Building a full-auto Nerf Demolisher Part 6: It’s not the voltage that kills you, it’s the amps.

Safety first kids.

A favorite TV dad of mine would remind us all, “…goggles might make you look cool, but they are also a part of proper safety attire.” – Hank Hill. Before you go there I am well aware of the likelihood (or lack thereof) of injury by blaster being related to electricity – it is extremely improbable, given the fact that at the end of the day all electrical connections and components are encased in plastic which is non-conductive. I won’t debate the merits of overkill, I’ll just state that my preference is always to do a little more than needed when designing or building anything, guess it’s just a trait of my generation.

You should watch some videos.

If you are a layman when it comes to electricity and electrical components it’s probably a good idea to get your self familiar with some basic concepts. With the amount of resources available there is really no excuse not to put in some time watching videos on the subject. I’ll skip the ones that should be considered entry level knowledge and focus on a few that will get you off to a very good running start.

You should get a decent understanding of things like voltage, amperage, diodes, resistors, mosfets, etc:
It’s not the voltage that kills you, it’s the amps
Transistors – The Invention That Changed The World
N-Channel MOSFETS
MOSFETS for Nerf

While you are at it might as well watch some videos on assembly techniques and soldering:
Collin’s Lab: Soldering
Soldering XT60 Connectors
Soldering 101| Nerf Modding Tips

Plan it out.

I can’t emphasize enough the importance of good planning. In the case of wiring up blasters, thinking through your plan to connect all the various components before you break out the iron, strippers, and solder will help you focus on assembly and not remembering or figuring out what you’re doing in real-time.

Consider the following wiring diagram that incorporates an N-Channel MOSFET to activate a set of flywheel motors.

Consider this example where a 2S Li-Po is driving 2 DC motors, a buck converter steps down voltage to create an isolated signaling circuit.

I like using a Buck Converter, also known as a step-down converter, to create a signaling circuit that is isolated away from the main draw of the flywheel motors. While this does add more complexity to the circuit it allows for the use of an easily sourced and more common sub-minature microswitch typically rated at 5A and it means you can use smaller gauge wire in the grip area making the routing of wires easier and much more orderly.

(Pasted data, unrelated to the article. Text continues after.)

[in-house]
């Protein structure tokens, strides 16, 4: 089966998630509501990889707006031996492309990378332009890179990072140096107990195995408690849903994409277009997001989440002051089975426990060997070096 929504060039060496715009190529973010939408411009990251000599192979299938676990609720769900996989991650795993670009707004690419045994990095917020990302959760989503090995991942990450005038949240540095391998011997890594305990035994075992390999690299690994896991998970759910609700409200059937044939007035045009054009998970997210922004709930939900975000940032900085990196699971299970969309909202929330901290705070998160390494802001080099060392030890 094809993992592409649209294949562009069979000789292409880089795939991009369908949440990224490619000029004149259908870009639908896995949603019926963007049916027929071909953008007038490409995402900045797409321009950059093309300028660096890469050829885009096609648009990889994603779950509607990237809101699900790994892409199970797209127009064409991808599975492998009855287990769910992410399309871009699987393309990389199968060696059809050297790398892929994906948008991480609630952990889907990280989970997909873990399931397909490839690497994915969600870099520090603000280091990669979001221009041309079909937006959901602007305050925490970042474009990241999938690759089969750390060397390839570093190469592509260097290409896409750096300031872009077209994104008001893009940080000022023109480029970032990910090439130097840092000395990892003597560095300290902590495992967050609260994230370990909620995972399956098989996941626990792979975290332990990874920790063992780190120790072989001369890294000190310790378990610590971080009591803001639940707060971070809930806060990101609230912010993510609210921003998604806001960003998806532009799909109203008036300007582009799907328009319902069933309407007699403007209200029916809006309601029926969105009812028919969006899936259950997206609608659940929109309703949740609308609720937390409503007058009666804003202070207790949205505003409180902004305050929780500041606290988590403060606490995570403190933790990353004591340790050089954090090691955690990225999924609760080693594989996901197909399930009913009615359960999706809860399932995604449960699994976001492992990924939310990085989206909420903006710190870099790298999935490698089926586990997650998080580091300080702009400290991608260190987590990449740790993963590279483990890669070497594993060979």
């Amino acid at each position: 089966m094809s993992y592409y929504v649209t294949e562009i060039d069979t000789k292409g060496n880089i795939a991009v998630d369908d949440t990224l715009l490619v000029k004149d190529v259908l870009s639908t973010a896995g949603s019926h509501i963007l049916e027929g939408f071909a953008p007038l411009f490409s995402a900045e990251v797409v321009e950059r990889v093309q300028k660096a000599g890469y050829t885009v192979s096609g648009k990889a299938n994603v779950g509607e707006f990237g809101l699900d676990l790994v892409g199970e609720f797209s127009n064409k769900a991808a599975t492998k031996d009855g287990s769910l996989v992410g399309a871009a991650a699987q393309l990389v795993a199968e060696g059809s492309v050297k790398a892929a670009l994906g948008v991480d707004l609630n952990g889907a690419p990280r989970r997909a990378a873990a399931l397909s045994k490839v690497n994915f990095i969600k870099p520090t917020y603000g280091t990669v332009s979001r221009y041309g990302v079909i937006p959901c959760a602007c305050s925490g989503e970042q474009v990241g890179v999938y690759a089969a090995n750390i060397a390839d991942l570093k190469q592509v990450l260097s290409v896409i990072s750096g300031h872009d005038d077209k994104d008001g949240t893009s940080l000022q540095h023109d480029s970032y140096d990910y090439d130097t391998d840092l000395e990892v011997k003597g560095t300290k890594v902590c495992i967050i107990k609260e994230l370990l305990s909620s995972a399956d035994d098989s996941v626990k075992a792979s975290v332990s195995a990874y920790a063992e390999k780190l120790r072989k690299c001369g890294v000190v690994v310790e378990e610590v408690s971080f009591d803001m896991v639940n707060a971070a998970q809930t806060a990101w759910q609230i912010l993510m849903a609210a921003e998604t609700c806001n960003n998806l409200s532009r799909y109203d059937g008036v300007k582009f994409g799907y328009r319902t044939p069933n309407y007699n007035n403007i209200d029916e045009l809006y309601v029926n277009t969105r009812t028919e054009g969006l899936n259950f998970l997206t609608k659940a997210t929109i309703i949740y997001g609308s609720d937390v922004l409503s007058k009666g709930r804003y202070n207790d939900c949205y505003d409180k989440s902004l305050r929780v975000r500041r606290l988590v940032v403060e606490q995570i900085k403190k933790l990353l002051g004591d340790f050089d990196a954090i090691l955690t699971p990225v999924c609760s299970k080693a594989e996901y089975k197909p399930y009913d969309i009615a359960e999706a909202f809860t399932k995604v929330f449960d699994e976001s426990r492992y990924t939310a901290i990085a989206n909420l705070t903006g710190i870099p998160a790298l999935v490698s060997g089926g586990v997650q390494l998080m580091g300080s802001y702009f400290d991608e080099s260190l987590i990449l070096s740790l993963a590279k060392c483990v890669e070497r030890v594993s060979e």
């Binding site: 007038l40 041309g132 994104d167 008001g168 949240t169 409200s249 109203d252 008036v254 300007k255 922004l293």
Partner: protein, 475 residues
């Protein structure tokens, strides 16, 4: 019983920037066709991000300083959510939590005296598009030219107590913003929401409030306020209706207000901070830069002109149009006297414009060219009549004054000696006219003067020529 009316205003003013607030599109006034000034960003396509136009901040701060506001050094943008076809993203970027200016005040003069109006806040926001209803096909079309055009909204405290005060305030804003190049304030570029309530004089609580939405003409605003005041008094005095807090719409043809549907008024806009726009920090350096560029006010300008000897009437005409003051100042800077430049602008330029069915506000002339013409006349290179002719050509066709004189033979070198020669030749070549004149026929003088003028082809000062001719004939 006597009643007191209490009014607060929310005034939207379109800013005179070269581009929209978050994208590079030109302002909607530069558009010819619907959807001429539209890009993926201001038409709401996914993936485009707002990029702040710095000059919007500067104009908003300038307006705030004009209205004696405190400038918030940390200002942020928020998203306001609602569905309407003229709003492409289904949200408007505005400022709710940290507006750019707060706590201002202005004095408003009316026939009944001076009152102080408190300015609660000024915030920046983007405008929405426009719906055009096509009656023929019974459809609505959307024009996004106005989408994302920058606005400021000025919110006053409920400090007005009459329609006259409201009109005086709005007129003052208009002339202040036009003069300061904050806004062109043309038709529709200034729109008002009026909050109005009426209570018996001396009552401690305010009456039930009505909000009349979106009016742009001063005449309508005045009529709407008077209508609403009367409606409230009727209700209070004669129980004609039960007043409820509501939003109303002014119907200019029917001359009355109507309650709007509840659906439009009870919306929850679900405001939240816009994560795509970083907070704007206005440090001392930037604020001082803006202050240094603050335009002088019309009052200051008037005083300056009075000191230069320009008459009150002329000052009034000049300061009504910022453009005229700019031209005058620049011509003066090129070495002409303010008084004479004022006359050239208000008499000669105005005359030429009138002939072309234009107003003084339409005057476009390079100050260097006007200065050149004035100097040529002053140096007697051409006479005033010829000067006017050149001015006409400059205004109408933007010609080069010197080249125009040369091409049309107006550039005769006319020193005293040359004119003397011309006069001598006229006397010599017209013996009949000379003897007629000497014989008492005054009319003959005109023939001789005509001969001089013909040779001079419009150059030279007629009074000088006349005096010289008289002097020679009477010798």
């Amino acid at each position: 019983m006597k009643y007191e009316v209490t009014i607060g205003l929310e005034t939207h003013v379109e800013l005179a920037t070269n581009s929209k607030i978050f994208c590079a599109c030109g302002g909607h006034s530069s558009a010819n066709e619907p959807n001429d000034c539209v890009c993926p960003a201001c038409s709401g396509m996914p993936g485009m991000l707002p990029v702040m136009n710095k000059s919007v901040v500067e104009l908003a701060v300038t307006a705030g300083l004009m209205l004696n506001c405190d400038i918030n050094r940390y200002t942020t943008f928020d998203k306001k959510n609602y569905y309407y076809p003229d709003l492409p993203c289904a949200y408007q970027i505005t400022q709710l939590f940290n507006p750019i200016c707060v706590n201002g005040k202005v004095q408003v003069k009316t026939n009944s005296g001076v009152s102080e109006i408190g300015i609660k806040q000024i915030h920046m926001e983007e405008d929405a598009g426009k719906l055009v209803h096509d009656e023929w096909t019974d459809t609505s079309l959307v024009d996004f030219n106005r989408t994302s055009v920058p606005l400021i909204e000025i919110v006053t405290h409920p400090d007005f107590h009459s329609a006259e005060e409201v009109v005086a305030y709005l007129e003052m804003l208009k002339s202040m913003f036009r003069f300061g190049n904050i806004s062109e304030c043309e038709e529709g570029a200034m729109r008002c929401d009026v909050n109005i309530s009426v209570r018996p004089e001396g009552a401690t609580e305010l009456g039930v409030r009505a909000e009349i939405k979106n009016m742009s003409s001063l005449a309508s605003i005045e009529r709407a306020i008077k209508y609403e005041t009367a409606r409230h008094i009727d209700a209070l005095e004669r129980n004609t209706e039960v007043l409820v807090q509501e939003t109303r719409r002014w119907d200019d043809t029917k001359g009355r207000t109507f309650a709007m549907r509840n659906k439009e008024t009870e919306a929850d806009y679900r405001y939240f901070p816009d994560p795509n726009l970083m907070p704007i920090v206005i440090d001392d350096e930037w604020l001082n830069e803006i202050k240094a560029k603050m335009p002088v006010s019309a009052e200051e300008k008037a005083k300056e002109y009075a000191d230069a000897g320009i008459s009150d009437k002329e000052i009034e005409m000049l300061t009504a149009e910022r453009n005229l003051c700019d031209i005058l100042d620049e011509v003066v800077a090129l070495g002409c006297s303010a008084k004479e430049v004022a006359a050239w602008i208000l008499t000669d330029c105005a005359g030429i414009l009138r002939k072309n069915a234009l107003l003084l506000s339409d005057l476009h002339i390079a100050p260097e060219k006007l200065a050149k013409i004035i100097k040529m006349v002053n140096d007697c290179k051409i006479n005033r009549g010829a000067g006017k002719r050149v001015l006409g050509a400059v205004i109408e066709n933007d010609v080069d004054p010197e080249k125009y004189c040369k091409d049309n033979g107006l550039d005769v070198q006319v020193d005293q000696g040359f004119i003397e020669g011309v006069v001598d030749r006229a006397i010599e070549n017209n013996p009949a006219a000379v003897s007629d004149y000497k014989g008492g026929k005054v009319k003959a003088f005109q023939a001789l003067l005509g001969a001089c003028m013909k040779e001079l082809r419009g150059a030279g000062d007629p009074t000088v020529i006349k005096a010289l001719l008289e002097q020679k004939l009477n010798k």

So much wirez.

It’s gonna be a lot of wires, at least if you insist on taking an approach similar to mine. I’ll be the first to admit, just like I did above, that I like to lean on the overkill end of the spectrum – you don’t really need to use a MOSFET or a Buck Converter or even use Capacitors on the motors to filter out electrical noise, you could just slap a 15A microswitch directly inline with the motor circuit and wire the whole thing with 18 or 16AWG wire then call it a day. I obviously didn’t do that. Have a look at the business end of the loom inside my test mule below, I used a fair amount of mini Dean’s connectors because I plan to swap components in and out of this blaster frequently.

The loom in my prototype mule uses way more mini Dean’s connectors than you’ll ever need to.

DC/DC Buck Converter, don’t mind the fraying wires this whole thing is encased in heat-shrink.

N-Channel MOSFET, to ensure that the Gate “sees” as close to 0v you should run a 10k Ohm Resistor across the Gate and Source ends of the transistor.

The bare minimum safety measure I would recommend as a must is using a 1N5400 Diode to prevent reverse current flow in the flywheel circuit.

That was a little too easy.

The 2 piece shell design of the Demolisher is suspiciously friendly for routing wiring, it’s almost as if the designers had intended it that way. Like some sort of modders easter egg hunt wiring channels and holes are conveniently placed, the battery tray is very thoughtfully positioned in the left side of the shell, and let’s not forget the perfectly positioned ledge for the gearmotor to sit on. The left side outer shell just to the right of the battery tray is another conveniently hollowed area making it the perfect place to mount a voltmeter.

If you don’t take a second look, you might think the voltmeter was always there.

If you have have or have access to a 3D printer feel free to grab the file for my Pressure-fit Voltmeter Bezel from Thingiverse here.

Next time.

Building a full-auto Nerf Demolisher Part 7: Final thoughts and a project update.

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